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Evolution as a Framework for Genome Analysis

by Linda Strausbaugh, Univ. of Connecticut
Society for the Study of Evolutuion

NABT Convention, Reno, NV, Nov.4, 1998

Evolution as a Framework for Genome Analysis

by Linda Strausbaugh, Univ. of Connecticut
Society for the Study of Evolutuion

NABT Convention, Reno, NV, Nov.4, 1998

One of the basic tenets of evolution is the existence of conserved features between organisms as a result of their shared ancestry. This common biological history is inferred not only from the fossil record and contemporary morphological analyses, but also from the shared molecular biology and molecular genetics of living creatures. At the most fundamental levels, all living systems are composed of the same chemical components. In addition, they employ the same molecules for the storage and transmission of hereditary information between generations. The basic mechanisms of genetic information transfer, transcription and translation, are remarkably similar. The genetic code, the Rosetta stone for converting stored genetic information (the base sequence of nucleic acids) into the functional molecules of the cell (amino acid sequence of proteins), is universal. A multitude of biochemical pathways and structural proteins have high levels of identity in the living world.

The Human Genome Project (HGP) is arguably the most ambitious, as well as the most medically and socially relevant, scientific undertaking of all time. The immediate goal of the HGP is to obtain the DNA sequence of the genetic blueprint for the human being; the longer range goal is to decipher the genome and understand the functions of its genes. There are two large problems that accompany the latter goal. First, the enormous size of the human genome (3 billion base pairs) and the small fraction of the genome that is actually expressed (4%) combine to make it technically difficult to focus in molecular terms on a particular gene of interest. Second, once a potential coding region is discovered, it is a major challenge to identify its specific function. The scientific designers of the HGP realized that evolution provides an important framework in which to interpret the human genome, and made provisions for simultaneous study of a number of model organisms. The model organisms contribute advantages missing from humans: smaller genome sizes, the availability of extensive collections of mutations, and the potential for experimental manipulation. Utilization of those features that are conserved through the course of evolution between humans and the model organisms has greatly facilitated the advancement of the functional goals of the HGP.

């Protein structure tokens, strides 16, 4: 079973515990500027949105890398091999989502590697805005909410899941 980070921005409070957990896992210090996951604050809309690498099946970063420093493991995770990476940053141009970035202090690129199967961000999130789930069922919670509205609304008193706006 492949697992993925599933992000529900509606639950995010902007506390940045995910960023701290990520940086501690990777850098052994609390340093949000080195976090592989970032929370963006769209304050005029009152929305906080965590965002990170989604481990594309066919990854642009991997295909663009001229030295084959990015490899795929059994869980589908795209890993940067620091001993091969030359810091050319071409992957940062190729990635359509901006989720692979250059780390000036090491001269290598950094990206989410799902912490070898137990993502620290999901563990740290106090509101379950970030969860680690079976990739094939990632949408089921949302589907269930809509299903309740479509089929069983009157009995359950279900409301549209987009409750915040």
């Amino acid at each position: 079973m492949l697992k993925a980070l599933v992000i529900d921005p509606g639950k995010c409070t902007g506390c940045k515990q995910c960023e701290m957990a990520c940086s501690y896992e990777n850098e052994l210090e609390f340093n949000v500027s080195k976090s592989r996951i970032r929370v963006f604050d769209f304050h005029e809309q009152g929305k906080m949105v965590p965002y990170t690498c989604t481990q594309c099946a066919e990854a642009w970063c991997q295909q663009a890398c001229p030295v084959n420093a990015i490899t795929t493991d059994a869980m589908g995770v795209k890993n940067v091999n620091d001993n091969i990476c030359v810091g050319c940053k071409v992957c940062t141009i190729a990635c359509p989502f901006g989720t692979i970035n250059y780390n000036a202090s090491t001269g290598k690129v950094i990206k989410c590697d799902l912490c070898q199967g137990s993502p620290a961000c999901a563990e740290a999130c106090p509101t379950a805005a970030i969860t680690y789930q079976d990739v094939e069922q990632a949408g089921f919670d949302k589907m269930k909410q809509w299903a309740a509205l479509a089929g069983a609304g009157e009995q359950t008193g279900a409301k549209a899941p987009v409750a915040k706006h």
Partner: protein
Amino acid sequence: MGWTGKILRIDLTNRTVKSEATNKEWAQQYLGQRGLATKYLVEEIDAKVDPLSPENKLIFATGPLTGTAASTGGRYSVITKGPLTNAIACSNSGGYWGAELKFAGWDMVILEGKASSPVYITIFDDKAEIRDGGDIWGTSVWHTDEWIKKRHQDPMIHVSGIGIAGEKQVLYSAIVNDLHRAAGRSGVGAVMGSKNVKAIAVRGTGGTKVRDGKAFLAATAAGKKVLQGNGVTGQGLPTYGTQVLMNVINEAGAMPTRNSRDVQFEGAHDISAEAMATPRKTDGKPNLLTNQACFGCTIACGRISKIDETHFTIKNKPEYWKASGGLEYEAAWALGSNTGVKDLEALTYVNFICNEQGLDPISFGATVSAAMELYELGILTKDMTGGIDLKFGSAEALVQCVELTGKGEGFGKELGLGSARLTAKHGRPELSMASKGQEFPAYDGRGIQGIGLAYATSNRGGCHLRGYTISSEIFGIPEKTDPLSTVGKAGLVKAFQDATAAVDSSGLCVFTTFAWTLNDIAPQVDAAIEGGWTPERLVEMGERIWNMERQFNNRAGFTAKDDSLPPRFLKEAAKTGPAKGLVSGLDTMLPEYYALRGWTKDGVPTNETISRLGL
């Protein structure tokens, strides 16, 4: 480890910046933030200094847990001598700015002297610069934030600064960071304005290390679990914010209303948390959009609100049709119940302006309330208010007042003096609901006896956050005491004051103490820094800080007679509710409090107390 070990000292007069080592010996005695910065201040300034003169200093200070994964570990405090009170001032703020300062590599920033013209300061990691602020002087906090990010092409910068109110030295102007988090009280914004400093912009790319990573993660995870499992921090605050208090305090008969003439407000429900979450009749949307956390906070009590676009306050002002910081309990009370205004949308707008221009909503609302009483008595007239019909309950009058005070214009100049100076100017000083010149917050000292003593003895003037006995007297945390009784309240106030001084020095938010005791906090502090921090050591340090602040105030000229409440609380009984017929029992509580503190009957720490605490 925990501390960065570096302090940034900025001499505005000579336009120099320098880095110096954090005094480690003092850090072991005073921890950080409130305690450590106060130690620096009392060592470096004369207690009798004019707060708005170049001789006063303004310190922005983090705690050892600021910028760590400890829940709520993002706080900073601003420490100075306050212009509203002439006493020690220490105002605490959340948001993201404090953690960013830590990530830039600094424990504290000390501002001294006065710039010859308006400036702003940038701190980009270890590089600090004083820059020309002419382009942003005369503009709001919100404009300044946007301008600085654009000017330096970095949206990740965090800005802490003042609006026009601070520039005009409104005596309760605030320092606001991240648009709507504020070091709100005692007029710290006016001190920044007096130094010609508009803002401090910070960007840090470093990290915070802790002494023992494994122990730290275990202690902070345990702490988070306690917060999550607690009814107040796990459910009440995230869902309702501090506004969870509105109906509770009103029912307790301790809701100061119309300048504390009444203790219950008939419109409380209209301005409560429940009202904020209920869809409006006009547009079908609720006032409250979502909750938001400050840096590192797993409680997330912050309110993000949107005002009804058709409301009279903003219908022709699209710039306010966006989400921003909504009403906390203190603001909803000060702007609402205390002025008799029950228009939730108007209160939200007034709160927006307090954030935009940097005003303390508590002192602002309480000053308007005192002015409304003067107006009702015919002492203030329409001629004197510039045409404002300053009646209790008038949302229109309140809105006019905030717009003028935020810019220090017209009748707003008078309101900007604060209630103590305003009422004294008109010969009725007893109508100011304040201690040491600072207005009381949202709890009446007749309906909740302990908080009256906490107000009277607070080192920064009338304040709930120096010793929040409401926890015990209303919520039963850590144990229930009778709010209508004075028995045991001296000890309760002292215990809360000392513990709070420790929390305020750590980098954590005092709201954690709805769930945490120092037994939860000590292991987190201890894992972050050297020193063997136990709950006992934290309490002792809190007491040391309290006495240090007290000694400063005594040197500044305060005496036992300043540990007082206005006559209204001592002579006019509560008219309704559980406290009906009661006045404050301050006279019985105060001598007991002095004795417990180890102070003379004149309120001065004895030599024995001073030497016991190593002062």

An example that illustrates the use of an evolutionary framework in genome analysis is the identification of the gene that is responsible for cystic fibrosis. Starting with a broad scale chromosomal localization for the gene, scientists used a "zoo blot" (a DNA profile generated for many organisms) to concentrate their sequencing efforts to a smaller region of the chromosomal DNA. Once the sequence was determined, the scientists were still faced with the problem of determination of the molecular function of the sequence. Using the data bases for model organisms, and the similarity based on evolutionary relatedness, the investigators determined that the putative gene responsible for cystic fibrosis was highly similar to a membrane transport protein. The known functions of the encoded protein in model organisms was completely consistent with the phenotypes of people with cystic fibrosis! This strategy of using DNA and protein information from model organisms to interpret the human genome is at the heart of progress in deciphering the function of human coding sequences. A majority of coding sequences captured from human DNA have been previously studied counterparts in one or more of the model organisms, providing indispensable clues to the function of these genes in people.

 

RESOURCES

The Human Genome. Designed for both students and scientists, the Human Genome Project Information site contains a wealth of information, including very current news, FAQ, quick facts, and project reports. This site also contains information of the ethical, legal and social issues (ELSI) as well as a primer on molecular genetics and scientific terms <http://www.ornl.gov/TechResources/Human_Genome/home.html>

Cystic fibrosis. The Cystic Fibrosis Foundation maintains a site with basic information on the disease, as well as updates on research progress. <http://www.cff.org/>. PBS has also done an excellent documentary "A Question of Genes: Inherited Risks" that includes a case study on cystic fibrosis and the dilemma faced by parents following prenatal testing <www.pbs.org/gene/>.

General information on human genetics & the HGP. Excellent basic texts are available from WCB McGraw-Hill ( Human Genetics Concepts and Applications by Ricki Lewis) and West/Wadsworth (Human Heredity Principles and Issues by~Michael Cummings).

The Cloning and Genetics of Cystic Fibrosis. For the bold who wish to delve into the details of cystic fibrosis molecular genetics, the Sept. 1, 1989 issue of Science features the three basic research articles that elaborate the discovery of the gene responsible for Cystic Fibrosis.

Linda Strausbaugh, U-131, Dept. of Molecular & Cell Biology, The University of Connecticut, Storrs, CT.. 06269-2131 email: <strausba@uconnvm.uconn.edu>